September 6, 2010
Banks may inflict higher mortgage rates on borrowers to offset the costs of new liquidity rules that are tipped to drive up the price of the safest financial assets.
To protect banks from future financial shocks, the Basel Committee, a global banking regulator, is requiring banks to boost their holdings of top-rated government bonds.
But new research from Citi shows that the health of state and federal budgets means red-hot demand for the bonds is likely to outstrip supply.
After a far stronger recovery here than in most developed economies, Citi’s conservative estimates found the big local banks would soak up nearly all the supply of federal and state government bonds.
By 2013, when Canberra issuance is tipped to start falling, Citi predicts a $27 billion shortage, which would be exacerbated by a likely flood of foreign demand for Australian government paper.
State government debt will also be highly sought, it says, as state budgets are on track to hold less debt as a share of output than the Commonwealth. Coupled with strong growth prospects, this is likely to make state government debt more attractive to foreign investors.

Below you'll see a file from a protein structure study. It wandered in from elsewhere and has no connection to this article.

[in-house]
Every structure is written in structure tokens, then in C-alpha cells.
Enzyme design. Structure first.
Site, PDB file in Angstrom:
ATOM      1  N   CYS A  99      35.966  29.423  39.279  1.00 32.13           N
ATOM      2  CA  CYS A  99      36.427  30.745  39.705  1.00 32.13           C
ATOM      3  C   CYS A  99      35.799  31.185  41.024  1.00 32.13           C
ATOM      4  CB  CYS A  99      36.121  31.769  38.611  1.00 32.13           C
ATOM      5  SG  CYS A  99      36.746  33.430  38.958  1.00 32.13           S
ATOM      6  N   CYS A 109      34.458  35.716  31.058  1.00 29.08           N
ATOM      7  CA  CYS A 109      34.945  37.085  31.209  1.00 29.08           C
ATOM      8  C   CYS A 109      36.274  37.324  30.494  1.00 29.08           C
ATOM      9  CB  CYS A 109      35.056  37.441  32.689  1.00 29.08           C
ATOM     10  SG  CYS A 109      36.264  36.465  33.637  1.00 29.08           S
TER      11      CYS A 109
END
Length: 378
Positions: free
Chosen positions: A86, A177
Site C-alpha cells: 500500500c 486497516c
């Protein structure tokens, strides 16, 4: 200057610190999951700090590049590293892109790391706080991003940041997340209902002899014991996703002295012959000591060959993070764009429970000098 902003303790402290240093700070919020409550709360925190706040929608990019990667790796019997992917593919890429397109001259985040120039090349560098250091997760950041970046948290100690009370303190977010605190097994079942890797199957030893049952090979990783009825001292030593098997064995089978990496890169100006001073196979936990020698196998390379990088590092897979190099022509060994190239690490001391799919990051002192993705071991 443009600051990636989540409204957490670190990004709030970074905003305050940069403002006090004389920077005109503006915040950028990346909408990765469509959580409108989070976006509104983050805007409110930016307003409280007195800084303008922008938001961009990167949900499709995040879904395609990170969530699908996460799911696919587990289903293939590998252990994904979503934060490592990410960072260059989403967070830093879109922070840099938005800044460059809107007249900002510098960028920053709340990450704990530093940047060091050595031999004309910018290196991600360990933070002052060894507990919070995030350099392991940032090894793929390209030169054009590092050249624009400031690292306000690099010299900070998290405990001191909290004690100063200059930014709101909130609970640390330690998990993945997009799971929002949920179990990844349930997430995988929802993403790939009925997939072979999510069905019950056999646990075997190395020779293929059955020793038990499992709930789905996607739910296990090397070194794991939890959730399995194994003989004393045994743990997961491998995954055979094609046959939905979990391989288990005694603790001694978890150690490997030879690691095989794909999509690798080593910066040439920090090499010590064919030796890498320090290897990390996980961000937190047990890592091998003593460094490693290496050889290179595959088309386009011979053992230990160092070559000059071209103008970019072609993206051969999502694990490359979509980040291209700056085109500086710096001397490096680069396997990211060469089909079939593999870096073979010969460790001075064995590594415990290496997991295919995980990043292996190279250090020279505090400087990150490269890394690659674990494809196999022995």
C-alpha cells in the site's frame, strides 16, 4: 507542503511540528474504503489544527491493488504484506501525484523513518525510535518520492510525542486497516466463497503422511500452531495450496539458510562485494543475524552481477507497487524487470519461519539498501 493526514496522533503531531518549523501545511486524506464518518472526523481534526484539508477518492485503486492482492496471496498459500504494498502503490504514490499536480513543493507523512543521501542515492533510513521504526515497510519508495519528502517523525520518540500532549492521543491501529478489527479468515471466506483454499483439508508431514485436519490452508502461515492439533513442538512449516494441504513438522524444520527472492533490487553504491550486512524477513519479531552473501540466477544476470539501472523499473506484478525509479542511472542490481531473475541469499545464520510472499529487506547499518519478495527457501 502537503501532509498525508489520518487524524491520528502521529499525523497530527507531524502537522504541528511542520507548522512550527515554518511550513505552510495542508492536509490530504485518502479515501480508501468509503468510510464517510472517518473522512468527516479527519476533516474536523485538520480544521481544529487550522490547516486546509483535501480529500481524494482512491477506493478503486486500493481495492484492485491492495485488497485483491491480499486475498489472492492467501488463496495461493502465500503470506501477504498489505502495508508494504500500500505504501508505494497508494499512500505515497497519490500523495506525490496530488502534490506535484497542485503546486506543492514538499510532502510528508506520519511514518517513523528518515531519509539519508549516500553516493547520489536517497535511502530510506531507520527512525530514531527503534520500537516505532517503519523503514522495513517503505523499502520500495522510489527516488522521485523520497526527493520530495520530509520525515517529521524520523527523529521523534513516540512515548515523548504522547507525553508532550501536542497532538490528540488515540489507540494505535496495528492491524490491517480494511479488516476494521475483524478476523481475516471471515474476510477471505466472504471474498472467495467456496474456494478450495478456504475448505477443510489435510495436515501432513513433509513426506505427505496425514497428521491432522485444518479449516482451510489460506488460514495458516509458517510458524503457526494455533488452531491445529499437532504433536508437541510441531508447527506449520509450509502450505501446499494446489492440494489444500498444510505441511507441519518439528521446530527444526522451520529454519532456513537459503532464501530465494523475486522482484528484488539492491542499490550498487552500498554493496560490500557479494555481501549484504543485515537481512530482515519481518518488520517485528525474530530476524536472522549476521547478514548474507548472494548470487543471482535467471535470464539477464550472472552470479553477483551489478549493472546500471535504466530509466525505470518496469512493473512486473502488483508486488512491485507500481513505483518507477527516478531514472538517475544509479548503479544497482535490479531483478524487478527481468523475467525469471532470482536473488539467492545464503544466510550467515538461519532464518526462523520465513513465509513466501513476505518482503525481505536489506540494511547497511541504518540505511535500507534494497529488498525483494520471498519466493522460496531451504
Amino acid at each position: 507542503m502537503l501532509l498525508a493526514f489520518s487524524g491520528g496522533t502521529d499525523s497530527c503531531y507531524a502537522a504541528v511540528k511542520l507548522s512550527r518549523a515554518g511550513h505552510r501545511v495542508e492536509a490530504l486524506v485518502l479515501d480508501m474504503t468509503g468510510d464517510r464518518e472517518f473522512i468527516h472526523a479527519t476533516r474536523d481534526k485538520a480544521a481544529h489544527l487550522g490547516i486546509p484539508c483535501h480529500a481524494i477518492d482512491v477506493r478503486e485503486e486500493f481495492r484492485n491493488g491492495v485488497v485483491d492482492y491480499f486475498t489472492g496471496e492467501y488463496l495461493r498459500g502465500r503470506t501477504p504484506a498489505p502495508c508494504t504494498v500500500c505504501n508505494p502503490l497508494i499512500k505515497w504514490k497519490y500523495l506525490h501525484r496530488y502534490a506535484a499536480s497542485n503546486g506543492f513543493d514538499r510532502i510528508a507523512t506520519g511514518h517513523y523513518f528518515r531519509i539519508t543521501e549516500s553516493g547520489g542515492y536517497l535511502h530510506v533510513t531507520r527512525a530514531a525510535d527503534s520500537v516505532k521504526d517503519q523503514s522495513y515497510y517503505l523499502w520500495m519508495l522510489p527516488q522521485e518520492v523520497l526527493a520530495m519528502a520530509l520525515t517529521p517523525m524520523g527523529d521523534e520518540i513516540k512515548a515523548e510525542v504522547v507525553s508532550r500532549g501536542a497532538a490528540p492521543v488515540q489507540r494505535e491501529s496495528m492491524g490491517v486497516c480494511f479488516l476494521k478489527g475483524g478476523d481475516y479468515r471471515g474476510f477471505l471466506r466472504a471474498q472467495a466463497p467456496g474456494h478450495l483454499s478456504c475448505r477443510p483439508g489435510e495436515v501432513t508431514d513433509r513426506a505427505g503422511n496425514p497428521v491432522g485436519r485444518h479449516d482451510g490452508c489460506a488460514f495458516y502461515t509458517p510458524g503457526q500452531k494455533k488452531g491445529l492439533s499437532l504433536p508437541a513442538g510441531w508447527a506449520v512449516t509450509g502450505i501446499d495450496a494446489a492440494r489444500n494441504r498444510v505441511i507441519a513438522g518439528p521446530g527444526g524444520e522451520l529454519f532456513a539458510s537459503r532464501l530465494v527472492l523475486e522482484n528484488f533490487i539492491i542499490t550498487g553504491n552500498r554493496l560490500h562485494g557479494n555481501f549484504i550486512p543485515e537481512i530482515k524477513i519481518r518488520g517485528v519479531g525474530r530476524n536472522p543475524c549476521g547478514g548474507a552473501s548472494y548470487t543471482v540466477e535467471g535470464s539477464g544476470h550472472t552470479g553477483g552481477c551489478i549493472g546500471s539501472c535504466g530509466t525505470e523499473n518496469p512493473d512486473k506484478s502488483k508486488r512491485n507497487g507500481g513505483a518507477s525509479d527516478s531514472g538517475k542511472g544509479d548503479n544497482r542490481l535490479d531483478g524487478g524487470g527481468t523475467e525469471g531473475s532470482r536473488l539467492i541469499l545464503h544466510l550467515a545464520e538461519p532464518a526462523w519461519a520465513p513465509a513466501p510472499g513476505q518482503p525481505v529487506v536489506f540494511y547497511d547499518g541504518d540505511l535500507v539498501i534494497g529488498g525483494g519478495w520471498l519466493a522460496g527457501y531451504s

A Citi economist, Joshua Williamson, said that if left unaddressed the ”wafer thin” balance between supply and demand would drive up bank costs because bond prices would increase.
”There is not enough high-grade federal and state government bonds to satisfy regulatory demand, let alone the combination of regulatory and normal market demand,” Mr Williamson said.
”To the man in the street, it means that the banks may have to put up interest rates on their loans.”
In response to the proposed Basel rules, banks have called for regulators to broaden the definition of what is considered a top-tier asset.
Amid reports that the rules could be changed to cut the burden on lenders, staff from the Australian Prudential Regulation Authority will today give a presentation in Sydney on the future of banking regulation. But the CLSA analyst Brian Johnson said drastic changes from APRA were unlikely, even though the regulator may tweak the rules ”at the edges”.
Mr Johnson said the Basel reforms would cause Australian banks to cut leverage, after an asset boom that saw their leverage increase sharply over the past decade. The changes would also push up funding costs, squeezing margins if lenders were unable to pass on costs to customers.
Bank complaints prompted the Basel Committee to consider softening the rules in recent months, and the change in stance has been welcomed by Australian bank executives.
At a recent analyst briefing, Westpac’s chief executive, Gail Kelly, said regulators, including those in Australia and Europe, were ”taking a more pragmatic approach”. ”Regulators here are arguing the Australian situation and making some good ground there, so all of that is positive news for us,” she said.